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Clifford Roberts (March 6, 1894 – September 29, 1977) was an American investment dealer and golf administrator.

Born in Morning Sun, Iowa, Roberts had a troubled family life as a boy, and left school in the ninth grade. He worked at a great variety of jobs all around the United States, and eventually chose the investment industry for his career.[1] He served as Chairman of Augusta National Golf Club from 1931 through 1976, and was named "Chairman in Memoriam" after his death. He also served as Chairman of the Masters Tournament from 1934 through 1976.

An investment banker on Wall Street from the late 1920s, Roberts was a partner with Reynolds & Company. He was the co-founder with Bobby Jones of the Augusta National Golf Club. In the early years, he and Jones personally extended invitations to the tournament. Roberts' friendship with American president Dwight Eisenhower led to the Eisenhowers making Augusta National their retreat during the 1950s.

Roberts was sometimes described as a 'benevolent dictator'. Roberts received many awards and honors during his lifetime, including service on the PGA Advisory Committee from its inception in 1943 until his death, appointment by the United States Golf Association to serve on the Bob Jones Award Selection Committee, and election to the World Golf Hall of Fame in 1978. He was the author of The Story of the Augusta National Golf Club, published in 1976, and a subject of a book titled, The Making of the Masters, Clifford Roberts, Augusta National, and Golf's Most Prestigious Tournament, by David Owen, published in 1999.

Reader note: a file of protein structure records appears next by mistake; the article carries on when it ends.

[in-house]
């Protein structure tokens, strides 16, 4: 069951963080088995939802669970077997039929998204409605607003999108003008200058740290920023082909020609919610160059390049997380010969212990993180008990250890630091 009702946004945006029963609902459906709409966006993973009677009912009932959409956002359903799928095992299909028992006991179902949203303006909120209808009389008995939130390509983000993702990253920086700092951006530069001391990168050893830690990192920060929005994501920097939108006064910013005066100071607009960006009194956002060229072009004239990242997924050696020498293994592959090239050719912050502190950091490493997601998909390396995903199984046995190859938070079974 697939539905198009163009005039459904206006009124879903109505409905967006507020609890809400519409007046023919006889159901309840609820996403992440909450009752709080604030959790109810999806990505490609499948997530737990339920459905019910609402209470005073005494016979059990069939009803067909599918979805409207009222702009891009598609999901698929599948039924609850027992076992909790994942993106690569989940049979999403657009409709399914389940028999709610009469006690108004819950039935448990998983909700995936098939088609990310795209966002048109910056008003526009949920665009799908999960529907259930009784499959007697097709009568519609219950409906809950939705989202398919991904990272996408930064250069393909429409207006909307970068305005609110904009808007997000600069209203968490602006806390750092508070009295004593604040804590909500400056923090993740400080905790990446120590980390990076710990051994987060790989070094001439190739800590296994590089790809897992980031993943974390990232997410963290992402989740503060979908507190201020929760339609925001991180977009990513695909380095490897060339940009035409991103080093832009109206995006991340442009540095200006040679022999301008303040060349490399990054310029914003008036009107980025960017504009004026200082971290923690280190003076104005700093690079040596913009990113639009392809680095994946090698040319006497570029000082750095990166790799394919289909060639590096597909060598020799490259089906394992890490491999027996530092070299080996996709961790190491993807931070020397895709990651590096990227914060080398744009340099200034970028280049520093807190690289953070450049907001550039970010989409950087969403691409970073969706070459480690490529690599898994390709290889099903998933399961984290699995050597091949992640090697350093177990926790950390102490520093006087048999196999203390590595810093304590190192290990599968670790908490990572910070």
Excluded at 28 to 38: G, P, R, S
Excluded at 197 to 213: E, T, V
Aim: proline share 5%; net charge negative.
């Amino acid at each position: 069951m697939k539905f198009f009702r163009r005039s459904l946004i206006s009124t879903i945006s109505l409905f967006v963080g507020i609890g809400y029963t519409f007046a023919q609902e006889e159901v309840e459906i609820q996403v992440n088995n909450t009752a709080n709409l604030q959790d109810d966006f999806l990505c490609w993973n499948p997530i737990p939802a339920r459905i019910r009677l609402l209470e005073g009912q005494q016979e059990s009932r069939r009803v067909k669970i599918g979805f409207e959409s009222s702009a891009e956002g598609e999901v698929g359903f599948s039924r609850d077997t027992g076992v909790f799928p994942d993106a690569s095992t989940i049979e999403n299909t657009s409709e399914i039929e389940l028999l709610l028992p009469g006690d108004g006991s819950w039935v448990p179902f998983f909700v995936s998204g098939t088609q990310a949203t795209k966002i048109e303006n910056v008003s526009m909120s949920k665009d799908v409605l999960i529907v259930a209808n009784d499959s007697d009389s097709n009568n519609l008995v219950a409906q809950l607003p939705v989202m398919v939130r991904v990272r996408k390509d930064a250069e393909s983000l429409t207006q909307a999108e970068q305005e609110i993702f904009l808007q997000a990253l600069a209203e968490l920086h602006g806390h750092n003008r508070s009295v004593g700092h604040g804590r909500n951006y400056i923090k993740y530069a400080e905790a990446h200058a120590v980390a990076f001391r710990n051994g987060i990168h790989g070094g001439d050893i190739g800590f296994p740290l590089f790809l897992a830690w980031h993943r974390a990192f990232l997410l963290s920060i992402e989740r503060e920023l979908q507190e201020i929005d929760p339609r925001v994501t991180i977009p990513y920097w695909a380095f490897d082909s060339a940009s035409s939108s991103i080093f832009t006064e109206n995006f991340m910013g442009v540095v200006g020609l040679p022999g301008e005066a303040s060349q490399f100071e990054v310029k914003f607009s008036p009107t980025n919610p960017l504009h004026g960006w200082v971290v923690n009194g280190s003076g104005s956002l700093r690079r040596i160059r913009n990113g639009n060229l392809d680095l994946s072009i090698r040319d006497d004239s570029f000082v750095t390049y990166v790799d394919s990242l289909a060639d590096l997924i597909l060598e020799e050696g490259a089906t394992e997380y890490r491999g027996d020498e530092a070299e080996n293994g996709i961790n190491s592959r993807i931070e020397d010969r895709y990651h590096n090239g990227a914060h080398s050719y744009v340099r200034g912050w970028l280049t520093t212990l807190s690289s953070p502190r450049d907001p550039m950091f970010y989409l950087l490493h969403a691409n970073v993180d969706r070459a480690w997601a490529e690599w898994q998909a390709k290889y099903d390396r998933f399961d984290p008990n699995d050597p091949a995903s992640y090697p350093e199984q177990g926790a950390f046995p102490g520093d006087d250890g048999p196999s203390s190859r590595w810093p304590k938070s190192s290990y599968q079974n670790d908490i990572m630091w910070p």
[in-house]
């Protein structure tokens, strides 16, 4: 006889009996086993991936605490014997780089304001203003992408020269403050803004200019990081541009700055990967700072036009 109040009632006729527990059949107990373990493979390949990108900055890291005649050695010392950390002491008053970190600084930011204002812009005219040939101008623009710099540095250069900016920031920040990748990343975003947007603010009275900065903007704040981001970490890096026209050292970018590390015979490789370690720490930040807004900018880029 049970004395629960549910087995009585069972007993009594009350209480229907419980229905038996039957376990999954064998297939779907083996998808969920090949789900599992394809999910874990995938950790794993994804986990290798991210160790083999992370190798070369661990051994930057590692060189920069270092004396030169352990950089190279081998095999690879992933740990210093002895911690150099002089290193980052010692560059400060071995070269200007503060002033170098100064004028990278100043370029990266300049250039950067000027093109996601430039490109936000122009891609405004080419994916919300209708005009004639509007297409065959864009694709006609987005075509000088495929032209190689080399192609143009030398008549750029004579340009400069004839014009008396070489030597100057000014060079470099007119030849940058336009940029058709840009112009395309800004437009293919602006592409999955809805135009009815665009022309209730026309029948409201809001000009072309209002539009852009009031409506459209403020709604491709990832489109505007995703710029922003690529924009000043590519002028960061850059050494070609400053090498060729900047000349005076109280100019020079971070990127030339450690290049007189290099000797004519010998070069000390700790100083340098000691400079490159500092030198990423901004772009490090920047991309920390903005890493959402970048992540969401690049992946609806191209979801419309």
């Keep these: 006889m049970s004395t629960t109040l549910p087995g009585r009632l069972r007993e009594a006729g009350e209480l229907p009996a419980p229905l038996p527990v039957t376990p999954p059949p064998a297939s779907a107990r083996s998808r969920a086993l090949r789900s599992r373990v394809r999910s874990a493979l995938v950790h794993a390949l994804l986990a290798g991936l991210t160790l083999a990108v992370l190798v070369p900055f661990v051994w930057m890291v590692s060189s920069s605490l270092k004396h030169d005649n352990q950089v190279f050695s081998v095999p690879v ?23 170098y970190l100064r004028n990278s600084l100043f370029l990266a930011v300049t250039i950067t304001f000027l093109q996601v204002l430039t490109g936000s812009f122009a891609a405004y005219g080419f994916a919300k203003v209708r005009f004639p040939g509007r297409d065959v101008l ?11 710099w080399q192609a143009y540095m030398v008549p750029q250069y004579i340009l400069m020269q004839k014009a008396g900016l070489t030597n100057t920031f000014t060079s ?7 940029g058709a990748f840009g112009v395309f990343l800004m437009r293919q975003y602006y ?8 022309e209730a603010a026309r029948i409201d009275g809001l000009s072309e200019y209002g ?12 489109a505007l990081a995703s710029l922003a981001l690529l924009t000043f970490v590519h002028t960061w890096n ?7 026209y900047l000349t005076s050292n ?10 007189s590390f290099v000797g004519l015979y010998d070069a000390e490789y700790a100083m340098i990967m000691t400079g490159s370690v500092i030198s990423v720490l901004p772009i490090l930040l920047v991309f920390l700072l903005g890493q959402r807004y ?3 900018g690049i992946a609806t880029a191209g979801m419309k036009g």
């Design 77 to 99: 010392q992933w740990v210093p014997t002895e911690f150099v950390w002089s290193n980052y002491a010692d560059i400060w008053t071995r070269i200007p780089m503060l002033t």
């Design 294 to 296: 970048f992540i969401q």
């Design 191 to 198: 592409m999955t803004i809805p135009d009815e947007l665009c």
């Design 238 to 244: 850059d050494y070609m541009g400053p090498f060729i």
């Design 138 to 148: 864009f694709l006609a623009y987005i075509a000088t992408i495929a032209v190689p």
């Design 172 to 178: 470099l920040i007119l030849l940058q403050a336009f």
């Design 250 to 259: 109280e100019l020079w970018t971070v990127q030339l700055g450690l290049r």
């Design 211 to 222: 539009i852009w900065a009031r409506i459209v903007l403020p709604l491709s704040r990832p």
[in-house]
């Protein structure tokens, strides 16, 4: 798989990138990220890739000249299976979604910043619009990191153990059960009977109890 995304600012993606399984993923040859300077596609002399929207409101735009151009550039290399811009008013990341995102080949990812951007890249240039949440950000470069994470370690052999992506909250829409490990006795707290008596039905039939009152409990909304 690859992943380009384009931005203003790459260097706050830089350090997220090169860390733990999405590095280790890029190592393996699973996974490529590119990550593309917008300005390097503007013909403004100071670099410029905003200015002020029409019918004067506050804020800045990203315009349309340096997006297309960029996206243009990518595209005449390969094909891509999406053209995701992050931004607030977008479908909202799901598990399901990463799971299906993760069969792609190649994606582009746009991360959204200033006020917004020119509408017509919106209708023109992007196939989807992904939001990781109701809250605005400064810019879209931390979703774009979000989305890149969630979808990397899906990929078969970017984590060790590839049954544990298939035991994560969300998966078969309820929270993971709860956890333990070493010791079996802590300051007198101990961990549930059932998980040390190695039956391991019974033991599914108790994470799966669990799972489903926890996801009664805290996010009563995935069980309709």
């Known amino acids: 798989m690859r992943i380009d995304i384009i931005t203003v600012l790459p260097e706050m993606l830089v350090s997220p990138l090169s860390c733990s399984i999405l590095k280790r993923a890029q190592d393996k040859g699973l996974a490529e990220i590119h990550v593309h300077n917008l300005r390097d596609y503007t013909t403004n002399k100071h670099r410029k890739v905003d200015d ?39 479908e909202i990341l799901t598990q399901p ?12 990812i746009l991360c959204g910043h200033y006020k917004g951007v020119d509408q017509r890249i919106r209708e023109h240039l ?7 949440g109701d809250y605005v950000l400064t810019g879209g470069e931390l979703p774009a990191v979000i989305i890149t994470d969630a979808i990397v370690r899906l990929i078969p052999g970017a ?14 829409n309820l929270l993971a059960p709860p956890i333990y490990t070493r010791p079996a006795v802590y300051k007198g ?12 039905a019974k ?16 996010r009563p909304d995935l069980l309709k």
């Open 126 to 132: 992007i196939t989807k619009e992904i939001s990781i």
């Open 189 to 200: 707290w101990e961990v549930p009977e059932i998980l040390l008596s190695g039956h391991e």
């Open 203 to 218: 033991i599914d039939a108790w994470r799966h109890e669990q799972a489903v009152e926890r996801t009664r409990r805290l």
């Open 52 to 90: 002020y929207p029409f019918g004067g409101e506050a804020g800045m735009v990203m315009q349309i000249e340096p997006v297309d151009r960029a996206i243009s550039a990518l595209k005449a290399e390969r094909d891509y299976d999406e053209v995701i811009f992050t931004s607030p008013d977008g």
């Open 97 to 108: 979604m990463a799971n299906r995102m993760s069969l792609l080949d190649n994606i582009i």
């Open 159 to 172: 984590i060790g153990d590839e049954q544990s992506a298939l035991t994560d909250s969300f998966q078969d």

It wasn't until 1975 that Lee Elder became the first black golfer to play in the Masters Tournament (although he wasn't the first non-white golfer to compete; Sukree Onsham of Thailand played in 1970 and 1971). Roberts is quoted as saying "to make an exception would be practicing discrimination in reverse." Lee Elder later said, "I don't want anything special. I will make it on my own." Another belligernt comment attributed to Roberts is: "As long as I'm alive, golfers will be white, and caddies will be black." [2]

Roberts committed suicide by gunshot in 1977 on the banks of the par-3 course at Augusta National.

References

  1. ^ The Making of the Masters: Clifford Roberts, Augusta National, and Golf's Most Prestigious Tournament, by David Owen, Simon and Schuster, 1999, ISBN 0-684-85729-4
  2. ^ Rick Reilly (1997-04-21). "Strokes of Genius". Sports Illustrated. http://sportsillustrated.cnn.com/2005/golf/specials/tiger/2005/06/09/tiger.1997masters/. Retrieved 2009-01-01.  

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